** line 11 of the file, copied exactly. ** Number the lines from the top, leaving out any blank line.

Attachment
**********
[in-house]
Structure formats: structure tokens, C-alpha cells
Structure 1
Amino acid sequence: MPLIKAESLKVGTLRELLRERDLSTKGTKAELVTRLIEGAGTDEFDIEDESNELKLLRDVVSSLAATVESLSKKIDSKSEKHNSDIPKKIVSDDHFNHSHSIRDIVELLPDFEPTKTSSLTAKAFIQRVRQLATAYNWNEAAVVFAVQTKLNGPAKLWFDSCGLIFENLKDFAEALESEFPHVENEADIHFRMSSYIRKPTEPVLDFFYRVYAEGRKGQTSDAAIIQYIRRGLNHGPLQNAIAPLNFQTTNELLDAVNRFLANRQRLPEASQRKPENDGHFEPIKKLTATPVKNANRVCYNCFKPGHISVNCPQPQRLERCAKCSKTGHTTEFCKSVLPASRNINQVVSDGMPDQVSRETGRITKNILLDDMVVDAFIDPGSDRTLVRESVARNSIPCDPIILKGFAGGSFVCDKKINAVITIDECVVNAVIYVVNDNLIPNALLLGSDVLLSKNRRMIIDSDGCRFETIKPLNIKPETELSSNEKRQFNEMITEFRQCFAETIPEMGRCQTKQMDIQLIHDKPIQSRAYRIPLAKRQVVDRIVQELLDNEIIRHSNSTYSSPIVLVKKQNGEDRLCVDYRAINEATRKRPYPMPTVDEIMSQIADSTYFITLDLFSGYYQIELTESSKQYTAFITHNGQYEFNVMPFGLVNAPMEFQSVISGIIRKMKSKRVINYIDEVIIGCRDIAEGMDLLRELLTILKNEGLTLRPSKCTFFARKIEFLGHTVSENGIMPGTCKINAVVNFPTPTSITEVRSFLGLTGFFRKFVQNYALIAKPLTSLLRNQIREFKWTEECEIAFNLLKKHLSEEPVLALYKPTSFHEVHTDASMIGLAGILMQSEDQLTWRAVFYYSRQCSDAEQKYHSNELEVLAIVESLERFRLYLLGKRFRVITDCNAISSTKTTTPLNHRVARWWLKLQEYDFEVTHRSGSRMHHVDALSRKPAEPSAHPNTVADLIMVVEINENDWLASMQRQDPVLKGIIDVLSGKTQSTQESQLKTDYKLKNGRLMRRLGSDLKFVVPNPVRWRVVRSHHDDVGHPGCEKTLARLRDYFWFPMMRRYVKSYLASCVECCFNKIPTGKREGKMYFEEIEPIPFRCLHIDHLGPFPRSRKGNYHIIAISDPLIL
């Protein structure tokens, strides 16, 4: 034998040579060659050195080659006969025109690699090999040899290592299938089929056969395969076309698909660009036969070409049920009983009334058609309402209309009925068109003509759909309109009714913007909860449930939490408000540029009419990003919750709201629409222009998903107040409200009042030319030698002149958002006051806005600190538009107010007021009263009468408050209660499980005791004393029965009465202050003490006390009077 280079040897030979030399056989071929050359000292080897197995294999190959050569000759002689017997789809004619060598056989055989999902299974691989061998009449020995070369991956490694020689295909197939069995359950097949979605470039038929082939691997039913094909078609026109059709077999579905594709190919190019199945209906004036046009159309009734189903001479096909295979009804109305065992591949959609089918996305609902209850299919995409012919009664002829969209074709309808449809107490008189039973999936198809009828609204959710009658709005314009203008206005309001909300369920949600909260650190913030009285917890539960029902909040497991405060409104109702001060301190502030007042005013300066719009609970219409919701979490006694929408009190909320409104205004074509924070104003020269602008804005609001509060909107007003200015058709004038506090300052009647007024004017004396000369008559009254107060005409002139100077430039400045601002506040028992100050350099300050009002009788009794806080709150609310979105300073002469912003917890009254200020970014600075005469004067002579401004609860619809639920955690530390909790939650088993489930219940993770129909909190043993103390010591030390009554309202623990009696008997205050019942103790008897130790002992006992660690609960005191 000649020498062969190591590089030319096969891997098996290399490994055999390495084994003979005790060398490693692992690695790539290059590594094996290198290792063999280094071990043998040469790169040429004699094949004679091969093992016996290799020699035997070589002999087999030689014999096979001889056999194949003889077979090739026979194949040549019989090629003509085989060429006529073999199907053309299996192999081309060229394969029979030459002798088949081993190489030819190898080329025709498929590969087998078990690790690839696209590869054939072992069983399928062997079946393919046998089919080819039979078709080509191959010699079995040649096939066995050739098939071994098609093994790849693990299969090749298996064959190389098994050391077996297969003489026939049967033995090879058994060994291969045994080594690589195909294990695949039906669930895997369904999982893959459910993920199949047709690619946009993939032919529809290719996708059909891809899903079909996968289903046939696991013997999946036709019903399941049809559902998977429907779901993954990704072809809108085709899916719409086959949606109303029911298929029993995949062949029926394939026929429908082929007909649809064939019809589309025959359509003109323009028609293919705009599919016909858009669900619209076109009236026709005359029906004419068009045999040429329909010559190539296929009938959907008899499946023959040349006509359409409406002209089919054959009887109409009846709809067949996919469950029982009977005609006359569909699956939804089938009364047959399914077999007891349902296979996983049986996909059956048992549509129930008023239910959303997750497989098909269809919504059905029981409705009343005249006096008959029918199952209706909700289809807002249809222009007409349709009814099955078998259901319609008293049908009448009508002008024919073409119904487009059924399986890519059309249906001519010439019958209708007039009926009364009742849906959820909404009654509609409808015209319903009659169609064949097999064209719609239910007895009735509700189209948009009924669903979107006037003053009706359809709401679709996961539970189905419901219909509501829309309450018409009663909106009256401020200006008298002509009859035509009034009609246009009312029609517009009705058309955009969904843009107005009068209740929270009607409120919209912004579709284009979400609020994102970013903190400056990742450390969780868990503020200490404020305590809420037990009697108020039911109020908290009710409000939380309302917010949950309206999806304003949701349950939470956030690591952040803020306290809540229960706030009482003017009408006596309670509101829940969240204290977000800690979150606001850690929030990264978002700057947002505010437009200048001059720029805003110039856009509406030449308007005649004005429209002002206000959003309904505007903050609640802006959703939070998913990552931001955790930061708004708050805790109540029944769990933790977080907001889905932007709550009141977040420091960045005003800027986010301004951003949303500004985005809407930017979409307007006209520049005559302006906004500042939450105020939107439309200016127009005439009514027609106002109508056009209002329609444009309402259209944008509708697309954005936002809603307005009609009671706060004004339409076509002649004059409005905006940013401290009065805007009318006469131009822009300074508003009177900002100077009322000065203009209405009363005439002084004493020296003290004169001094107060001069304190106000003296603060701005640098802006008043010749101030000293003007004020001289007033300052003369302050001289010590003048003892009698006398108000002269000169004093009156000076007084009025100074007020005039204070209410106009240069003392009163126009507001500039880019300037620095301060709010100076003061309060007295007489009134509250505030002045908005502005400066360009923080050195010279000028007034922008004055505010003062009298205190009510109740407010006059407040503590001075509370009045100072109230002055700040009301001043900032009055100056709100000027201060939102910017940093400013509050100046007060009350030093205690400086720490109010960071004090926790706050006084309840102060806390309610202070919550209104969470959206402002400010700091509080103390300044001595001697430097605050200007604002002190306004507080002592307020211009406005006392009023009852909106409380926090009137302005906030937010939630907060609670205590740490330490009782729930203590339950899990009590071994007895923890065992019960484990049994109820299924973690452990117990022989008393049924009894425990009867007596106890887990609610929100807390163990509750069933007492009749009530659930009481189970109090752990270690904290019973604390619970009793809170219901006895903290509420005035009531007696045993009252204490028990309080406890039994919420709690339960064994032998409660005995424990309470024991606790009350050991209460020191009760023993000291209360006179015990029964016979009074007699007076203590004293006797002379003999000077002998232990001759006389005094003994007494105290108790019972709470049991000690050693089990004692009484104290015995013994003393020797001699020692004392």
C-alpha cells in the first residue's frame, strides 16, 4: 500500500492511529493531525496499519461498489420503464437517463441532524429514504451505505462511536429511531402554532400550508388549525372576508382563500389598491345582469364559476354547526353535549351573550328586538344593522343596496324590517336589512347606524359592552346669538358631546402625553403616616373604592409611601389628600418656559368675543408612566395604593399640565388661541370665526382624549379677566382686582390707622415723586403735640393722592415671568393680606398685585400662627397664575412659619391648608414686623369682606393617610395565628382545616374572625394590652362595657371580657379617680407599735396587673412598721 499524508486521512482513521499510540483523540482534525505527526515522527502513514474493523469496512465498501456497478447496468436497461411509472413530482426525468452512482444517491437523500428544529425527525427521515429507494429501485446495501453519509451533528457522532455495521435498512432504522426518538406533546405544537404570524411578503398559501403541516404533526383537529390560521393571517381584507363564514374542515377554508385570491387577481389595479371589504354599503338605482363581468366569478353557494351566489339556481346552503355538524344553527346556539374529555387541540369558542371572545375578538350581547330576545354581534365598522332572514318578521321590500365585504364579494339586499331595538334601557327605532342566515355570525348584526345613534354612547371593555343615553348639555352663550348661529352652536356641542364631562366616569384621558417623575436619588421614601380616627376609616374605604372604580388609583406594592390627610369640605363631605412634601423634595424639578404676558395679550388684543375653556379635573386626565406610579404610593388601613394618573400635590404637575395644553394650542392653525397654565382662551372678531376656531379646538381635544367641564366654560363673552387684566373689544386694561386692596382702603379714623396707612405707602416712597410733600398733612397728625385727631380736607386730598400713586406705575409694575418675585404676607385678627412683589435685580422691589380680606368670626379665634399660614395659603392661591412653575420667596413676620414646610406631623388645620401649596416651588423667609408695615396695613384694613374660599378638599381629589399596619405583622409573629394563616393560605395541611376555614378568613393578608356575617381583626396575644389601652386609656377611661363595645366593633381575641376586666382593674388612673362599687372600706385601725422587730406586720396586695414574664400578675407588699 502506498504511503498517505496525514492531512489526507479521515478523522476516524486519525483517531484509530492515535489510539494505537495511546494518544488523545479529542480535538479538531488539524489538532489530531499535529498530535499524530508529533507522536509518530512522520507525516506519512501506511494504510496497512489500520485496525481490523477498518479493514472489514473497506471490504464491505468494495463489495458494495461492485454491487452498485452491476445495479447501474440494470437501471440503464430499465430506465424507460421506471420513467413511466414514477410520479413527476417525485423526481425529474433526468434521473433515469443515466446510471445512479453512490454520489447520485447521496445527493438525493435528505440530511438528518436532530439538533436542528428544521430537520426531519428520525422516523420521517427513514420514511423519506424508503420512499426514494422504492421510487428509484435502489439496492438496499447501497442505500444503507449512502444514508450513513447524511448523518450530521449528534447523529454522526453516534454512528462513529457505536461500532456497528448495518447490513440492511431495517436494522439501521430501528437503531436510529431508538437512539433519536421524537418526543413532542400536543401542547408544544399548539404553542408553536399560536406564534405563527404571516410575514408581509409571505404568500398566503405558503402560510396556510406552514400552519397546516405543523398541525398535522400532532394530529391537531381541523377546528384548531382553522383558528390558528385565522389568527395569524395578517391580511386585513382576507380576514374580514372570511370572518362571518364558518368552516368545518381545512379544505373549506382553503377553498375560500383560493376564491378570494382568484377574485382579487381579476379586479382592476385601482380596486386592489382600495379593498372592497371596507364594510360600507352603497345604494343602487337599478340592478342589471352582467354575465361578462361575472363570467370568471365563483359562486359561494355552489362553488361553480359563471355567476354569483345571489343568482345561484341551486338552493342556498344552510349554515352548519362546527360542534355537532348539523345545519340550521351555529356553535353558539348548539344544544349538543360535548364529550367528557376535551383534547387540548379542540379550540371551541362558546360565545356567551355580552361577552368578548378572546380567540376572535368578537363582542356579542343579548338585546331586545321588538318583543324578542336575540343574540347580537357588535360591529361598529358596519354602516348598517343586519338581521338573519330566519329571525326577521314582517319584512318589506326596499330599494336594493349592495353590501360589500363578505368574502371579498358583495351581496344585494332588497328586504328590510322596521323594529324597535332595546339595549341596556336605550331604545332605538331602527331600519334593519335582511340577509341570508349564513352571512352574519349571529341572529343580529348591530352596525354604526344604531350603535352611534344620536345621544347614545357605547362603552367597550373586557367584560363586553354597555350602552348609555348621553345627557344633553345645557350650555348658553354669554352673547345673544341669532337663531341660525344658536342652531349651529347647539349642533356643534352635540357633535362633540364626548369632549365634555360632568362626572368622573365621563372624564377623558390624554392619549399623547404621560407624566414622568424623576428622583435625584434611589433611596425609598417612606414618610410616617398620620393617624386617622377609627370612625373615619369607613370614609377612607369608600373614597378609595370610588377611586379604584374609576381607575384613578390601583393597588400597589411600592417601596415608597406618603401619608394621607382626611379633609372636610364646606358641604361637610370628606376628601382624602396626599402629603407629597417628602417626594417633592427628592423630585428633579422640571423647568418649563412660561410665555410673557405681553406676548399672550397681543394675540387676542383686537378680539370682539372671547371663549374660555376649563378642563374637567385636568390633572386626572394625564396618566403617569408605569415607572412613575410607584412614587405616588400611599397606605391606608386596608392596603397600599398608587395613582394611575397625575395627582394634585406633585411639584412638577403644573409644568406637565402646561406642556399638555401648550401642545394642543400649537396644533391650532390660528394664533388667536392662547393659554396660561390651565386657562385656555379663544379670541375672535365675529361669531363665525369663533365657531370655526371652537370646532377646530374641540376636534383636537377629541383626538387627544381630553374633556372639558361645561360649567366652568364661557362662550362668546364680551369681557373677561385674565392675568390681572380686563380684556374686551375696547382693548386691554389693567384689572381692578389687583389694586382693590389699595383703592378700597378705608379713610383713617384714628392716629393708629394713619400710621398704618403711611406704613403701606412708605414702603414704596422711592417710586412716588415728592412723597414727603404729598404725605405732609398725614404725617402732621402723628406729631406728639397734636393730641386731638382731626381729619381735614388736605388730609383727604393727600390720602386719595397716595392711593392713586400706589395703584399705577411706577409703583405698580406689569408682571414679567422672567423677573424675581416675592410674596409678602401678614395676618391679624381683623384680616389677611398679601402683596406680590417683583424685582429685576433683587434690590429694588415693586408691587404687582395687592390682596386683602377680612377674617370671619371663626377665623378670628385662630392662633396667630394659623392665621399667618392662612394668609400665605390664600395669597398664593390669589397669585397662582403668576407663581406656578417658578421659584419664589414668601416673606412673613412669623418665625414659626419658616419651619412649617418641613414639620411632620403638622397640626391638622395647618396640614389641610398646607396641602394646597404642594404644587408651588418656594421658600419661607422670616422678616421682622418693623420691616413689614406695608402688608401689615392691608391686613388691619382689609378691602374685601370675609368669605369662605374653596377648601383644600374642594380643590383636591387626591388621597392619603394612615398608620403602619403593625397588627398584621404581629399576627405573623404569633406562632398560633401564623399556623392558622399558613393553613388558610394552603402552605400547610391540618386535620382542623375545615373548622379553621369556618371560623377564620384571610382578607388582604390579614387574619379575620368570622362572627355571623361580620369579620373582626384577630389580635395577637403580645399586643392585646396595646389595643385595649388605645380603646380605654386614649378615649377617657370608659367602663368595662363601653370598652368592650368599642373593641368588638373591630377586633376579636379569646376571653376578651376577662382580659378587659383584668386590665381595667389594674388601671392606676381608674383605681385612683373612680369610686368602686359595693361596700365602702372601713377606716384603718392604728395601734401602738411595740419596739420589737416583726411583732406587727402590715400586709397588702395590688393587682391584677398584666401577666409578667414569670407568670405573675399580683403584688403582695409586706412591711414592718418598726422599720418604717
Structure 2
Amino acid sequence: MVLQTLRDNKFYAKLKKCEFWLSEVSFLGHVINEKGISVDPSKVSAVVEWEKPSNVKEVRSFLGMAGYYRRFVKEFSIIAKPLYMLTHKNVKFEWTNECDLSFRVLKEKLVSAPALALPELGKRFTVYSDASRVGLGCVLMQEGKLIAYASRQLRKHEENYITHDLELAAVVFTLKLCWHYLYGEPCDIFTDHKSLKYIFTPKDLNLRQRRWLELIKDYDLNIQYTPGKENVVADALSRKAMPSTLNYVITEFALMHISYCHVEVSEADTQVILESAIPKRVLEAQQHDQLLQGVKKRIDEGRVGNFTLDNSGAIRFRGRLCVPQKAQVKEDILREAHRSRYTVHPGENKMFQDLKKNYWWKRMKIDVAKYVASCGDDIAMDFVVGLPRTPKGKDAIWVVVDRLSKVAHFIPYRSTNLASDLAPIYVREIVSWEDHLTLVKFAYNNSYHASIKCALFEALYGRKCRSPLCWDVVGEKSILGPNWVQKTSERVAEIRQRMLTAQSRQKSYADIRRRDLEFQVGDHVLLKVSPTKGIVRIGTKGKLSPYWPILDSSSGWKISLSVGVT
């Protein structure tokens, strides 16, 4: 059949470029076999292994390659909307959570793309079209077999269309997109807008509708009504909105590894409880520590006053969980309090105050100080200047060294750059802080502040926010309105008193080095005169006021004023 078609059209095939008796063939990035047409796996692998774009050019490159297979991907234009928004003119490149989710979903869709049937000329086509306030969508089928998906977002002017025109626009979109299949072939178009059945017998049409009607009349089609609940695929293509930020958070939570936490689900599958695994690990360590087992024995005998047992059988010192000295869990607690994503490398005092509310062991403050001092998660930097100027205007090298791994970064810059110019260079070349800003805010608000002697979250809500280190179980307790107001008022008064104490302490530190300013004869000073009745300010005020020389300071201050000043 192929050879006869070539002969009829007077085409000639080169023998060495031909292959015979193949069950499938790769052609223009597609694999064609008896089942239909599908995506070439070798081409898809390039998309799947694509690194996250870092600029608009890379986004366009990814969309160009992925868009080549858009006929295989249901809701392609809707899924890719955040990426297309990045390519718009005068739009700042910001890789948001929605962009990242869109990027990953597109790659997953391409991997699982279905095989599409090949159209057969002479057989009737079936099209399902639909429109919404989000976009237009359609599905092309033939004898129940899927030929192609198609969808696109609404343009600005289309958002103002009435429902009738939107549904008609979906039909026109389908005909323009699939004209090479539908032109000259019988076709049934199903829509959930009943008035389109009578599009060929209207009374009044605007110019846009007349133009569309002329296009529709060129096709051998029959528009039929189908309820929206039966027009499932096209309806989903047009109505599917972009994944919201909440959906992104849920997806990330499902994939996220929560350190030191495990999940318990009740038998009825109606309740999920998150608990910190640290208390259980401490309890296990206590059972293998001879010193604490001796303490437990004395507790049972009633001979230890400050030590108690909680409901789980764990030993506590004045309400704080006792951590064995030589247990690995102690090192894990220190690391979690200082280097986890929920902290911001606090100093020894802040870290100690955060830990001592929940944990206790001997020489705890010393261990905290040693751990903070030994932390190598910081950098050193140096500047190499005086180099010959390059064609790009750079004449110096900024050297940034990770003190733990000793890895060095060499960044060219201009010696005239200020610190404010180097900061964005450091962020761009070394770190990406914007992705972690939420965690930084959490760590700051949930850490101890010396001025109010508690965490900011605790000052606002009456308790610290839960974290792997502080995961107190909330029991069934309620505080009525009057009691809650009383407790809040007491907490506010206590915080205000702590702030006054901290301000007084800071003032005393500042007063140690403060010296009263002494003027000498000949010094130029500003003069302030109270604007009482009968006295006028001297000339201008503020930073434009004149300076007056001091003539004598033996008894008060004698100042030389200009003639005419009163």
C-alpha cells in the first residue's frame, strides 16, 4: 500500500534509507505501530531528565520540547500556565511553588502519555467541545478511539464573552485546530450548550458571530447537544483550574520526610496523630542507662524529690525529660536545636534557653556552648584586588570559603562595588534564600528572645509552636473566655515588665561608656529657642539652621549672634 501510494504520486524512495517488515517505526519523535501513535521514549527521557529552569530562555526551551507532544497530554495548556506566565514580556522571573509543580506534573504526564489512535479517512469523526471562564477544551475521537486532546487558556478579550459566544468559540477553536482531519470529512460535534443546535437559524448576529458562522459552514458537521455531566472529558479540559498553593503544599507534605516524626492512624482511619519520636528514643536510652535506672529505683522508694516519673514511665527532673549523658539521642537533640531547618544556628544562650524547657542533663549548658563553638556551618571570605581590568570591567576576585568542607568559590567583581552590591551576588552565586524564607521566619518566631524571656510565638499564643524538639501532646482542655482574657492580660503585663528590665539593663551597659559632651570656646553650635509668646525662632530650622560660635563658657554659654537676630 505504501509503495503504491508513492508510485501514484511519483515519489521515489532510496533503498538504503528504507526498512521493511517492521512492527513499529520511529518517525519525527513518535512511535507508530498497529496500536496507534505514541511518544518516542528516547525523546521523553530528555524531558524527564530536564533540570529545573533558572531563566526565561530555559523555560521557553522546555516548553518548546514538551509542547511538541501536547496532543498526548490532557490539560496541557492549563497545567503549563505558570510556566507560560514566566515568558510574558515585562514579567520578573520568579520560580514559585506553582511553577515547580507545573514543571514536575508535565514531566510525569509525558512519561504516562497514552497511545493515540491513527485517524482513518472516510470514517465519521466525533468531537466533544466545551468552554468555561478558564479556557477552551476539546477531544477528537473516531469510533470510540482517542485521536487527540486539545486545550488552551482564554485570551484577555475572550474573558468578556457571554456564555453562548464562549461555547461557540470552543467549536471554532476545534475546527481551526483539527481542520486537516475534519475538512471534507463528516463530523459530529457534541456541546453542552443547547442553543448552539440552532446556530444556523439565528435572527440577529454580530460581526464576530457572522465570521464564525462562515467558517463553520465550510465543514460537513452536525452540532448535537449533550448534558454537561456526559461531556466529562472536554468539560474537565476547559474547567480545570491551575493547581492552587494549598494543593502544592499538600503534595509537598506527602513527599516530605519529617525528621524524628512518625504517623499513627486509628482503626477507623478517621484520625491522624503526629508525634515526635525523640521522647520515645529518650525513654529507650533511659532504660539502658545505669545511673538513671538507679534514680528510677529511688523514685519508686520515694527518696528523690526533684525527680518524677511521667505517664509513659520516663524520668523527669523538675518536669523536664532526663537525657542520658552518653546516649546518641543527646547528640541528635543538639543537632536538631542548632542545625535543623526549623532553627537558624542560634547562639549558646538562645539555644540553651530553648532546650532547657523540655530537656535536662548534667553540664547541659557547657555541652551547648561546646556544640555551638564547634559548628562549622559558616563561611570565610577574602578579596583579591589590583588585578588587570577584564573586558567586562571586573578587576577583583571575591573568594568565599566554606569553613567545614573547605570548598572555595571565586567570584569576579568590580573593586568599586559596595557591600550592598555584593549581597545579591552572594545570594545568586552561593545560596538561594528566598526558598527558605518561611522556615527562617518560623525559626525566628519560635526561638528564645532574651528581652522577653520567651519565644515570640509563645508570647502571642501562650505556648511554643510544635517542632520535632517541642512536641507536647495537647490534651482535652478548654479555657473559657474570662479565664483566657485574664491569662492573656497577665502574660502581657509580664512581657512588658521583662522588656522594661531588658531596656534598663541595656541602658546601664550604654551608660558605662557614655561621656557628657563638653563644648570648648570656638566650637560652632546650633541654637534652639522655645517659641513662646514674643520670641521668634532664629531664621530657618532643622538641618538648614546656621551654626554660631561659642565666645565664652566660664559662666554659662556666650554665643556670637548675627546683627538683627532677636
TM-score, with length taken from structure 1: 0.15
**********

TM-score, with length taken from structure 1: 0.15